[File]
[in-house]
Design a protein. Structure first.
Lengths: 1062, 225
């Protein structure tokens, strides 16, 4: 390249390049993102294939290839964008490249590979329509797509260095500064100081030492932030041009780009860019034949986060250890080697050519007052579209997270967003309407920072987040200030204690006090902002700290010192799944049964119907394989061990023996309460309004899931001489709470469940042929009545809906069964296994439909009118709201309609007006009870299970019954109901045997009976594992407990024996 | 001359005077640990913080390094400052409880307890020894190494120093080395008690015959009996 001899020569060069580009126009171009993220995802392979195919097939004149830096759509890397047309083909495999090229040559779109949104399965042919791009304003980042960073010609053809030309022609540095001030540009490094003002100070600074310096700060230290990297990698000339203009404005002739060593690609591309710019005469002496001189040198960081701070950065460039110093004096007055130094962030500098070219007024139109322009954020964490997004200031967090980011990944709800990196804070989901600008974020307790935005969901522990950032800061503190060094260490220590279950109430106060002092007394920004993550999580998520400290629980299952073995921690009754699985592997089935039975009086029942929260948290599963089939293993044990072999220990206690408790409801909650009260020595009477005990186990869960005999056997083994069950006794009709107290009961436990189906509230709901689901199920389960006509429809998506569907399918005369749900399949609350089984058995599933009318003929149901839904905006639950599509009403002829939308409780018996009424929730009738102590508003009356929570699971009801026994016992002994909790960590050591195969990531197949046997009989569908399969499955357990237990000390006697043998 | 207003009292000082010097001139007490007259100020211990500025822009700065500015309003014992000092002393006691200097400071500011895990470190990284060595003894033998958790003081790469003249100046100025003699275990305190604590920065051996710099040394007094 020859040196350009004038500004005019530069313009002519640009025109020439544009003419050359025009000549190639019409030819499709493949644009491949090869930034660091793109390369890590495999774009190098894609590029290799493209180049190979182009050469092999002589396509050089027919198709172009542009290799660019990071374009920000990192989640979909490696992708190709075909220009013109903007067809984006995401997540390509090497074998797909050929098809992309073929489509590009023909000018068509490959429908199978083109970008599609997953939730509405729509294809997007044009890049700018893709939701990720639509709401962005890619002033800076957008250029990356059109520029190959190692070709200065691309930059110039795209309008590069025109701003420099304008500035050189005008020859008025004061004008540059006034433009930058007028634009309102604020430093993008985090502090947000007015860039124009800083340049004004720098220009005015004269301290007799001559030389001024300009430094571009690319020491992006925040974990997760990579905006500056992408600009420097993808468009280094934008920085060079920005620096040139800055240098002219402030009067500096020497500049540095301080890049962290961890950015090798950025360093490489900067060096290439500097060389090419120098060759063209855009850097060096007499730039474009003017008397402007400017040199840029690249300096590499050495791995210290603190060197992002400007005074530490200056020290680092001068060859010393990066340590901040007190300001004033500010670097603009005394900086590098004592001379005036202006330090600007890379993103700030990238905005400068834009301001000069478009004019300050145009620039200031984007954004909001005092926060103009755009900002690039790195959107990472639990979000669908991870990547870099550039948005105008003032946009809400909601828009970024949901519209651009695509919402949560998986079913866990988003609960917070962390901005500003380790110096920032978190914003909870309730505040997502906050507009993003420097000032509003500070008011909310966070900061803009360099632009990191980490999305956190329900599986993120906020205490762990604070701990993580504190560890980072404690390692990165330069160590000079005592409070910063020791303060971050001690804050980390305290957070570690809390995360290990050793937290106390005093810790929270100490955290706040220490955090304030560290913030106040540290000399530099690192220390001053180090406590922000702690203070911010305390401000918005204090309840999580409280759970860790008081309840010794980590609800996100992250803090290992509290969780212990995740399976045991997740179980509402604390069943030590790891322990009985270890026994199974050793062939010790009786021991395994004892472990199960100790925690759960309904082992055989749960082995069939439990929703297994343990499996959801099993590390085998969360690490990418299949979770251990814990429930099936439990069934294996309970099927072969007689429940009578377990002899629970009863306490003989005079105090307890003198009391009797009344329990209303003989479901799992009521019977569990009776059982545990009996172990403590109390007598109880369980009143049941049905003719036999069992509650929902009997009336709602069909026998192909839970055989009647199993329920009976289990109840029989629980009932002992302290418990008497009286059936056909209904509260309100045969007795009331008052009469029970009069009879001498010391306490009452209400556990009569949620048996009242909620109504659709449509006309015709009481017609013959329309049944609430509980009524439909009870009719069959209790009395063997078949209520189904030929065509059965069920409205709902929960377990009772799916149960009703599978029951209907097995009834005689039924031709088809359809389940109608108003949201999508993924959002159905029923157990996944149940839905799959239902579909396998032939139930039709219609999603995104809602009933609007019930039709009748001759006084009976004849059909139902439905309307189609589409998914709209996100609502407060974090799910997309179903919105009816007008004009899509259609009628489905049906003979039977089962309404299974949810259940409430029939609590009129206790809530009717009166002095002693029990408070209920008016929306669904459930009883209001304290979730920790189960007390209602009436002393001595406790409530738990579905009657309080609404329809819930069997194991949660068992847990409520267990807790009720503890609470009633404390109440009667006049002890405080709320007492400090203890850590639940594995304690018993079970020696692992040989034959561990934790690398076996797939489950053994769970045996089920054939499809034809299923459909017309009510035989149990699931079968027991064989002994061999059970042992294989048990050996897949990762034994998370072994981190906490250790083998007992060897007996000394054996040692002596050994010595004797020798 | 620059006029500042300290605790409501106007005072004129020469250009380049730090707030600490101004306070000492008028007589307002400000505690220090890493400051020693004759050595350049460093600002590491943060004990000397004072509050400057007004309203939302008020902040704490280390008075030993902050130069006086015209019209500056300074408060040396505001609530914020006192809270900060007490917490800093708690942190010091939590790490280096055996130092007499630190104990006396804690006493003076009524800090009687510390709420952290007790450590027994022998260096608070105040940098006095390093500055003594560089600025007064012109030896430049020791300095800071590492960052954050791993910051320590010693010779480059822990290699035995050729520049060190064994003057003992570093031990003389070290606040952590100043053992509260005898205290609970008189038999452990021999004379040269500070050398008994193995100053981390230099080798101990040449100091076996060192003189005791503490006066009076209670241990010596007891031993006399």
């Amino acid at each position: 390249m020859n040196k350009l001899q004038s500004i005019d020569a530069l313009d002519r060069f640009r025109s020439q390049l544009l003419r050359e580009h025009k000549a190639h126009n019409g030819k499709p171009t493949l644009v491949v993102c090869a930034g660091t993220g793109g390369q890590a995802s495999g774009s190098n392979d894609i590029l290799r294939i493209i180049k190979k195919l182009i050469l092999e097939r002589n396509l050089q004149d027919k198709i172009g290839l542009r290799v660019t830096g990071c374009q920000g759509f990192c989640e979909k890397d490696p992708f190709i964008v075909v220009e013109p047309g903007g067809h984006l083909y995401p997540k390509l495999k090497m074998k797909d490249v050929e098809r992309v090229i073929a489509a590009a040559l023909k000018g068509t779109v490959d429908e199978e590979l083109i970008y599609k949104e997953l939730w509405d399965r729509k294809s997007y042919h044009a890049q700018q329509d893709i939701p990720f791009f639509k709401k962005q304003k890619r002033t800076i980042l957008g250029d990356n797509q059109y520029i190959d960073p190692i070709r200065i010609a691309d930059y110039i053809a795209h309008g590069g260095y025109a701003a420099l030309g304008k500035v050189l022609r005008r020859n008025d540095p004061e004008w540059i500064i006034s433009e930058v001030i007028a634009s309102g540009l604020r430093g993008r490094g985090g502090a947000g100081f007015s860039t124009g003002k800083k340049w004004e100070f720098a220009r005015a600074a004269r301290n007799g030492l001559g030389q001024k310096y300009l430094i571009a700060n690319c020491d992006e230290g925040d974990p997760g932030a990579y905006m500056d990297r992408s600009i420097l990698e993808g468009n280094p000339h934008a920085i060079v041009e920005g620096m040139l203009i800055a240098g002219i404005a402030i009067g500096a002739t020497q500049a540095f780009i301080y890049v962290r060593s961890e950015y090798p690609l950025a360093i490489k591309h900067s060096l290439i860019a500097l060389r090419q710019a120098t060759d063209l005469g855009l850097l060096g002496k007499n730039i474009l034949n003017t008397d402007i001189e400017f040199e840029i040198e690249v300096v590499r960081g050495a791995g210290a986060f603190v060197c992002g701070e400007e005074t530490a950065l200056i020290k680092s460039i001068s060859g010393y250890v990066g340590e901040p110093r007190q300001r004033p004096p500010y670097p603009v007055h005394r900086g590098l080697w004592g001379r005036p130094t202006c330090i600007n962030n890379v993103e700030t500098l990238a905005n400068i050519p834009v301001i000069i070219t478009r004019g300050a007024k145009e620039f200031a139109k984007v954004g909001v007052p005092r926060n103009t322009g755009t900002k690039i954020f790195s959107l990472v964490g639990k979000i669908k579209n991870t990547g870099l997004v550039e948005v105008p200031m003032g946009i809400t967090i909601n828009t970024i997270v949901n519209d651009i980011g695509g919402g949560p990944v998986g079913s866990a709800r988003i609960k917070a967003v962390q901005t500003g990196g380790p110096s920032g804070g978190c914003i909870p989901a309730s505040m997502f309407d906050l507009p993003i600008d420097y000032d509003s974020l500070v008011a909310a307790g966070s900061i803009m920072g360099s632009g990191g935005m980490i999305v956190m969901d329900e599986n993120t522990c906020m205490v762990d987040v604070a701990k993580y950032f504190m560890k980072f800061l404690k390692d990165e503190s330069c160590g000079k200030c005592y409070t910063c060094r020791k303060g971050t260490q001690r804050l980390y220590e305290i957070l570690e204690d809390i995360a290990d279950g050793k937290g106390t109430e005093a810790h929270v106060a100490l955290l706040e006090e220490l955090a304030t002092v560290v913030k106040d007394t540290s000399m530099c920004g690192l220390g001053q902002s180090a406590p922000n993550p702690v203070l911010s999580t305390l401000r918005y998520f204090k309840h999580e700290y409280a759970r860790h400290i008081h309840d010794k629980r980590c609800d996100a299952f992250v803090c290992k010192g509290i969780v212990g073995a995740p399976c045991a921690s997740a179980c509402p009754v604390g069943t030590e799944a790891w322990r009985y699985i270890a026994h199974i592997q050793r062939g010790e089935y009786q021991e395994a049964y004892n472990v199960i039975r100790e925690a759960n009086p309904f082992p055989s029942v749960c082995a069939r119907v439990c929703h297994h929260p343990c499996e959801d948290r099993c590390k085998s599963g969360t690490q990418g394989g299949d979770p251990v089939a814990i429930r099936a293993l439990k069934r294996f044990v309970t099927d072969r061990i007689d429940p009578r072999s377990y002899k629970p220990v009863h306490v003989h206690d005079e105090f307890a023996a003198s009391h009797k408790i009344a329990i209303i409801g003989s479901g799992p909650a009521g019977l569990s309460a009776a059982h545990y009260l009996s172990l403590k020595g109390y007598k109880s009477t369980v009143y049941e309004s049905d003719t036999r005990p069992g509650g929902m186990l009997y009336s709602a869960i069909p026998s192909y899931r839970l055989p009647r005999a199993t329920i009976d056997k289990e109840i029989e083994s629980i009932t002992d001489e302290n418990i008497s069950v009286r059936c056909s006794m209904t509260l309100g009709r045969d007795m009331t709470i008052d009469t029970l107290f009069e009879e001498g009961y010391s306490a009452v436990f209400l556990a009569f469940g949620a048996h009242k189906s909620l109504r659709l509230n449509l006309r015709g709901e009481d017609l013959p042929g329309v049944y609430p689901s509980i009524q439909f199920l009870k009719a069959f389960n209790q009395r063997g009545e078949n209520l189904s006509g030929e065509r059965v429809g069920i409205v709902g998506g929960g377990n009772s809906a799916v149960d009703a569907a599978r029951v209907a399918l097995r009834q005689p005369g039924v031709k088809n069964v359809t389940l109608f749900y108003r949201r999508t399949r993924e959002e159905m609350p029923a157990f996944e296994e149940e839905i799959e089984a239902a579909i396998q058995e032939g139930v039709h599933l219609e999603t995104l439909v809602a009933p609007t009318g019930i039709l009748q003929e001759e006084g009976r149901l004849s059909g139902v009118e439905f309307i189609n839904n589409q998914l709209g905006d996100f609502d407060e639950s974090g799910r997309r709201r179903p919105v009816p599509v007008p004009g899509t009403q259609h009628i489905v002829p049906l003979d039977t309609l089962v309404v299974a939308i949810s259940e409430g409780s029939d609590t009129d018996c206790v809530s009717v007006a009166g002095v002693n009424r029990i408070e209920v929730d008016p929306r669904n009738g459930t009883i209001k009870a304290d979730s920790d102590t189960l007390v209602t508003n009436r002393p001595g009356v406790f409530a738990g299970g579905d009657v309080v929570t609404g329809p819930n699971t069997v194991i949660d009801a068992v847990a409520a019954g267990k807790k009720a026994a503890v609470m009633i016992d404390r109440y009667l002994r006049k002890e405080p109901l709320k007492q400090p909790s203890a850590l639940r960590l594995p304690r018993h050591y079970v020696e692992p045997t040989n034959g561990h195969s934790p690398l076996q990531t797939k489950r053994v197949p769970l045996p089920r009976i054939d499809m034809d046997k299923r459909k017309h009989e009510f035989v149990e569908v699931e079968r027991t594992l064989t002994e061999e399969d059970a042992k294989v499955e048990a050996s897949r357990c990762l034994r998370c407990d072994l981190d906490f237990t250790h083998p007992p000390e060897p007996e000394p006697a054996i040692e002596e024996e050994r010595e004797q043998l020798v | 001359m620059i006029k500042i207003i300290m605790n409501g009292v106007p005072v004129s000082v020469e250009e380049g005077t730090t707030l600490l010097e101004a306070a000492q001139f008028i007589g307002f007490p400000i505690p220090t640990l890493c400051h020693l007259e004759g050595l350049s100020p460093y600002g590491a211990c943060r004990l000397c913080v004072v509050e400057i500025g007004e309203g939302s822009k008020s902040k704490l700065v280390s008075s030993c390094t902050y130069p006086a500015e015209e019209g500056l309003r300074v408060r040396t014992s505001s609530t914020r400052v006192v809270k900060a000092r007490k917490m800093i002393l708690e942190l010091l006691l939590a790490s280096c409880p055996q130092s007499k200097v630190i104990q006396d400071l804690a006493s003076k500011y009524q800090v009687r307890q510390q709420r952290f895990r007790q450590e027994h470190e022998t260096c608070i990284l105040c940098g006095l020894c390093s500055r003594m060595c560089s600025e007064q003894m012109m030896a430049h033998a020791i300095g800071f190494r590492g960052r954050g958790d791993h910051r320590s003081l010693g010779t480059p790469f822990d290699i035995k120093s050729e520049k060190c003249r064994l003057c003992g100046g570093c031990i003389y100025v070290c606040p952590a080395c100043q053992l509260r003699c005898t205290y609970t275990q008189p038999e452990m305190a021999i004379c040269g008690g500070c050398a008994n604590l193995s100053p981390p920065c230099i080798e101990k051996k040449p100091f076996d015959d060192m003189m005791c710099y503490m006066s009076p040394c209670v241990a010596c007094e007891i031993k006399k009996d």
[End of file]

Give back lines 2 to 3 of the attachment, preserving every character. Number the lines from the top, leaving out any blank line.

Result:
Design a protein. Structure first.
Lengths: 1062, 225